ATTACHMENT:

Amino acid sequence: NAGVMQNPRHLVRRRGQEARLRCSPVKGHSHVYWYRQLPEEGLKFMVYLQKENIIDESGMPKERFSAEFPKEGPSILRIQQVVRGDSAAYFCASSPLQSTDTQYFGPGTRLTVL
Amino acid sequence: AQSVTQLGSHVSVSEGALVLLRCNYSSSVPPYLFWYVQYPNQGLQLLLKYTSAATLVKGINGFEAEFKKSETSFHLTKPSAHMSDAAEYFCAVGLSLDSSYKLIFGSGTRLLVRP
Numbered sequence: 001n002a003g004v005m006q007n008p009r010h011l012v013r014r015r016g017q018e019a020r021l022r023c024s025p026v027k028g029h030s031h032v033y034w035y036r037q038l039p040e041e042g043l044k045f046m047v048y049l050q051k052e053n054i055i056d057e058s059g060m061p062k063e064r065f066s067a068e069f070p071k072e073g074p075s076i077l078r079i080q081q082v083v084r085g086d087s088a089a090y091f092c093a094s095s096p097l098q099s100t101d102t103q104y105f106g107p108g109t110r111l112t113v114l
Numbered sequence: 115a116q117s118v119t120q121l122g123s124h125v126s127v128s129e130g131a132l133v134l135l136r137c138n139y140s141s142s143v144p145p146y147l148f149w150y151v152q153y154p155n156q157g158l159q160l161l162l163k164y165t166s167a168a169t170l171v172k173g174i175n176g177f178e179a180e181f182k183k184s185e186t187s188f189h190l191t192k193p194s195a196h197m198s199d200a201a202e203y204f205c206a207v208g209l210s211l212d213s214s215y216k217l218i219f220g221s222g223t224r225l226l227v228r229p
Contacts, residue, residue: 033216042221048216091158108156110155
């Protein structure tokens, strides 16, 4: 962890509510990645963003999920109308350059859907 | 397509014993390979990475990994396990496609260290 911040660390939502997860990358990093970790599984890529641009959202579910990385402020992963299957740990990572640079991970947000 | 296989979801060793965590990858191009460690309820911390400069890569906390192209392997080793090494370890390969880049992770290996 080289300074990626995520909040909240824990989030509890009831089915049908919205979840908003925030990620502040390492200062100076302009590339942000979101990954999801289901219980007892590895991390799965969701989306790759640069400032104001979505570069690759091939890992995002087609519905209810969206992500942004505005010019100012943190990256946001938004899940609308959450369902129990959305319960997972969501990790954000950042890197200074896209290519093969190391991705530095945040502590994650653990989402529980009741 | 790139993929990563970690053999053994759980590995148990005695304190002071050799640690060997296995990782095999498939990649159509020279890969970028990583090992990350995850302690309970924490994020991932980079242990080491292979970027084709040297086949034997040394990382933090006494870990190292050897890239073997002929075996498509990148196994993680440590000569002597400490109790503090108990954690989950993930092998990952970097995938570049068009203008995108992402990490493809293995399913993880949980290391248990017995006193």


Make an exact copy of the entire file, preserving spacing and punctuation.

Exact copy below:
Amino acid sequence: NAGVMQNPRHLVRRRGQEARLRCSPVKGHSHVYWYRQLPEEGLKFMVYLQKENIIDESGMPKERFSAEFPKEGPSILRIQQVVRGDSAAYFCASSPLQSTDTQYFGPGTRLTVL
Amino acid sequence: AQSVTQLGSHVSVSEGALVLLRCNYSSSVPPYLFWYVQYPNQGLQLLLKYTSAATLVKGINGFEAEFKKSETSFHLTKPSAHMSDAAEYFCAVGLSLDSSYKLIFGSGTRLLVRP
Numbered sequence: 001n002a003g004v005m006q007n008p009r010h011l012v013r014r015r016g017q018e019a020r021l022r023c024s025p026v027k028g029h030s031h032v033y034w035y036r037q038l039p040e041e042g043l044k045f046m047v048y049l050q051k052e053n054i055i056d057e058s059g060m061p062k063e064r065f066s067a068e069f070p071k072e073g074p075s076i077l078r079i080q081q082v083v084r085g086d087s088a089a090y091f092c093a094s095s096p097l098q099s100t101d102t103q104y105f106g107p108g109t110r111l112t113v114l
Numbered sequence: 115a116q117s118v119t120q121l122g123s124h125v126s127v128s129e130g131a132l133v134l135l136r137c138n139y140s141s142s143v144p145p146y147l148f149w150y151v152q153y154p155n156q157g158l159q160l161l162l163k164y165t166s167a168a169t170l171v172k173g174i175n176g177f178e179a180e181f182k183k184s185e186t187s188f189h190l191t192k193p194s195a196h197m198s199d200a201a202e203y204f205c206a207v208g209l210s211l212d213s214s215y216k217l218i219f220g221s222g223t224r225l226l227v228r229p
Contacts, residue, residue: 033216042221048216091158108156110155
């Protein structure tokens, strides 16, 4: 962890509510990645963003999920109308350059859907 | 397509014993390979990475990994396990496609260290 911040660390939502997860990358990093970790599984890529641009959202579910990385402020992963299957740990990572640079991970947000 | 296989979801060793965590990858191009460690309820911390400069890569906390192209392997080793090494370890390969880049992770290996 080289300074990626995520909040909240824990989030509890009831089915049908919205979840908003925030990620502040390492200062100076302009590339942000979101990954999801289901219980007892590895991390799965969701989306790759640069400032104001979505570069690759091939890992995002087609519905209810969206992500942004505005010019100012943190990256946001938004899940609308959450369902129990959305319960997972969501990790954000950042890197200074896209290519093969190391991705530095945040502590994650653990989402529980009741 | 790139993929990563970690053999053994759980590995148990005695304190002071050799640690060997296995990782095999498939990649159509020279890969970028990583090992990350995850302690309970924490994020991932980079242990080491292979970027084709040297086949034997040394990382933090006494870990190292050897890239073997002929075996498509990148196994993680440590000569002597400490109790503090108990954690989950993930092998990952970097995938570049068009203008995108992402990490493809293995399913993880949980290391248990017995006193």